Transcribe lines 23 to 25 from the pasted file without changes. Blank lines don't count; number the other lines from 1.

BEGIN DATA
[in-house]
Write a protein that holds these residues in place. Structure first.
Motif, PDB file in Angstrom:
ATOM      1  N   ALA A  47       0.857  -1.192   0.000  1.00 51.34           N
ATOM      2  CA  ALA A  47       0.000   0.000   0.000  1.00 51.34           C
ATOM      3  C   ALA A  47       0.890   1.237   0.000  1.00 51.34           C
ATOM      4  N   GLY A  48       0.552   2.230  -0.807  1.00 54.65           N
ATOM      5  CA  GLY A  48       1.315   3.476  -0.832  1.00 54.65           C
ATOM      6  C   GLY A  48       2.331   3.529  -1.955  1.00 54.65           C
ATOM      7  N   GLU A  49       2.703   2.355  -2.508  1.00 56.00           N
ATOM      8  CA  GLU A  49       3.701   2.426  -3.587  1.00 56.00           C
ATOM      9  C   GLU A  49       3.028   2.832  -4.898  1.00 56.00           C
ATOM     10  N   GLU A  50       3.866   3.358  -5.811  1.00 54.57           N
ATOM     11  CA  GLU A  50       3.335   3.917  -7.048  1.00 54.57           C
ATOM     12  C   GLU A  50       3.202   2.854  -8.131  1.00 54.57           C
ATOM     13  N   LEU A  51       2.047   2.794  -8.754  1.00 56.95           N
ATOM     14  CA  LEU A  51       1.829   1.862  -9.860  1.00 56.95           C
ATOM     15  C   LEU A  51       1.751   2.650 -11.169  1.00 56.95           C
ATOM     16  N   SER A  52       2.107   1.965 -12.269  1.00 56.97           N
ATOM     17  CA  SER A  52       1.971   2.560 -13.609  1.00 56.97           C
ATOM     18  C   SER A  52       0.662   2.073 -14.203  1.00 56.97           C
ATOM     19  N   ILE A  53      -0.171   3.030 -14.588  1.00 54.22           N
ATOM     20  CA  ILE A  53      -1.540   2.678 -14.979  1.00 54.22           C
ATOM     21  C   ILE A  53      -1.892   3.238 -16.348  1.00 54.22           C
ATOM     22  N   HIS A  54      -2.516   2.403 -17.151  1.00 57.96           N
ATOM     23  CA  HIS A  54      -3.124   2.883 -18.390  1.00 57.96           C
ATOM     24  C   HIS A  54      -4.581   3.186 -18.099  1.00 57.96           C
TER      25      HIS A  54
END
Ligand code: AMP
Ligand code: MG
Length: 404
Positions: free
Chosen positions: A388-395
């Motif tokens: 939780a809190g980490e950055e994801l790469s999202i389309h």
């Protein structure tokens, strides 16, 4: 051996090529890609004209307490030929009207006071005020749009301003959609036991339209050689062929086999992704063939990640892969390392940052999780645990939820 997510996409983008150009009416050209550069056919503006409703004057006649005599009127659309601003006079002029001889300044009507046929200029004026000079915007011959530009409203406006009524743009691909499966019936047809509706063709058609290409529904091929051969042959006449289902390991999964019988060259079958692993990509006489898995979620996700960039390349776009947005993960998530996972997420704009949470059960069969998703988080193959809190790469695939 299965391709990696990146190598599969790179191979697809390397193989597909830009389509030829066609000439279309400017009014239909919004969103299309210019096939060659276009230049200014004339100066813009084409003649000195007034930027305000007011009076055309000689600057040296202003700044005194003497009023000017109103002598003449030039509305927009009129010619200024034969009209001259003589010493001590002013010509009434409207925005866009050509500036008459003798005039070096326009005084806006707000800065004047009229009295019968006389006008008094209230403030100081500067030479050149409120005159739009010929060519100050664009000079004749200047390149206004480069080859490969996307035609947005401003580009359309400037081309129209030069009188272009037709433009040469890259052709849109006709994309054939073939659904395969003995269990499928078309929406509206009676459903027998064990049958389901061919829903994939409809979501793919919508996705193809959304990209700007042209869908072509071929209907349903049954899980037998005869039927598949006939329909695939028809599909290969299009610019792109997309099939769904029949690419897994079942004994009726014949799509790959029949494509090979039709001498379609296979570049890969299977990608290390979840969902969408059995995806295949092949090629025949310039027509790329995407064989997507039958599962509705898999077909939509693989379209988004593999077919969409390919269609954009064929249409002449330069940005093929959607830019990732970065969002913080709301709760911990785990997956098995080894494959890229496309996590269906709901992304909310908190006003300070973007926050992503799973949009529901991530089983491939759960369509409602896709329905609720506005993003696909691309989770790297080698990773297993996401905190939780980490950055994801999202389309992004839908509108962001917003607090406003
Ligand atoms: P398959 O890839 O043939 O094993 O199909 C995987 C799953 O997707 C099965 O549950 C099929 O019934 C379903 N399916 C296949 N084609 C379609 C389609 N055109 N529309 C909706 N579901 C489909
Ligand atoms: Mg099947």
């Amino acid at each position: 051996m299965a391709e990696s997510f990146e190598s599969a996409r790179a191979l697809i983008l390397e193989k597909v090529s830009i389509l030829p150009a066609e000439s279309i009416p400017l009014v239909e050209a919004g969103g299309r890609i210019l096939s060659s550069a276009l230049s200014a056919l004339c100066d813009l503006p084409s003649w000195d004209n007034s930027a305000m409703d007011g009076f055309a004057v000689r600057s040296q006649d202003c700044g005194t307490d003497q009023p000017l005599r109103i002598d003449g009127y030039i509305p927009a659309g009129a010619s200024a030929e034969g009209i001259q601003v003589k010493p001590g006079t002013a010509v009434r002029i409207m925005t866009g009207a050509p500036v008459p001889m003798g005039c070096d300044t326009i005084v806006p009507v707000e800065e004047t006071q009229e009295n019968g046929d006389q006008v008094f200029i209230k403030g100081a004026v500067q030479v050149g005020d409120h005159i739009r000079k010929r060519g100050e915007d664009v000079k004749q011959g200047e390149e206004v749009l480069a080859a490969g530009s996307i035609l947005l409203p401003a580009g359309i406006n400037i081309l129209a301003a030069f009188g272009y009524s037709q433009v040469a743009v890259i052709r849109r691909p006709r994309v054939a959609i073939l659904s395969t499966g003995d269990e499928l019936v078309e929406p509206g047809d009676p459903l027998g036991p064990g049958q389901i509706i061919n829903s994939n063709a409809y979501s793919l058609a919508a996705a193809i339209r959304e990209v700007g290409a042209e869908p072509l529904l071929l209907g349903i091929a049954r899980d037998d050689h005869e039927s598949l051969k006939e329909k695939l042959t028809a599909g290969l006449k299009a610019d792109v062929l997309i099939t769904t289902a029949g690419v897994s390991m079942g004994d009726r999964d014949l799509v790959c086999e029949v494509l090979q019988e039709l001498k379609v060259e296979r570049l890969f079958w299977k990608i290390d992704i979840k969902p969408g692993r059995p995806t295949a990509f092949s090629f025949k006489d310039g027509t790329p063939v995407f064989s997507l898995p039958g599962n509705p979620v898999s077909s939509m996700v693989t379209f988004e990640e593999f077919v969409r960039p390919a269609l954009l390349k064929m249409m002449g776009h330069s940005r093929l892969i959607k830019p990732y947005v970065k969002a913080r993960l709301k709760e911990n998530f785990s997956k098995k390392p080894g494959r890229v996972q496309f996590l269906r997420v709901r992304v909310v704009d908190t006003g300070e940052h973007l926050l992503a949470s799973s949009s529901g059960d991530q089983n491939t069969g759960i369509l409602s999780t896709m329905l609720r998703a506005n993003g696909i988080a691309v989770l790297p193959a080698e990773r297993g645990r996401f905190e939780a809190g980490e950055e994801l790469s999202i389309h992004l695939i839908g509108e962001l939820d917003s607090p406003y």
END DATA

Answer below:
ATOM     20  CA  ILE A  53      -1.540   2.678 -14.979  1.00 54.22           C
ATOM     21  C   ILE A  53      -1.892   3.238 -16.348  1.00 54.22           C
ATOM     22  N   HIS A  54      -2.516   2.403 -17.151  1.00 57.96           N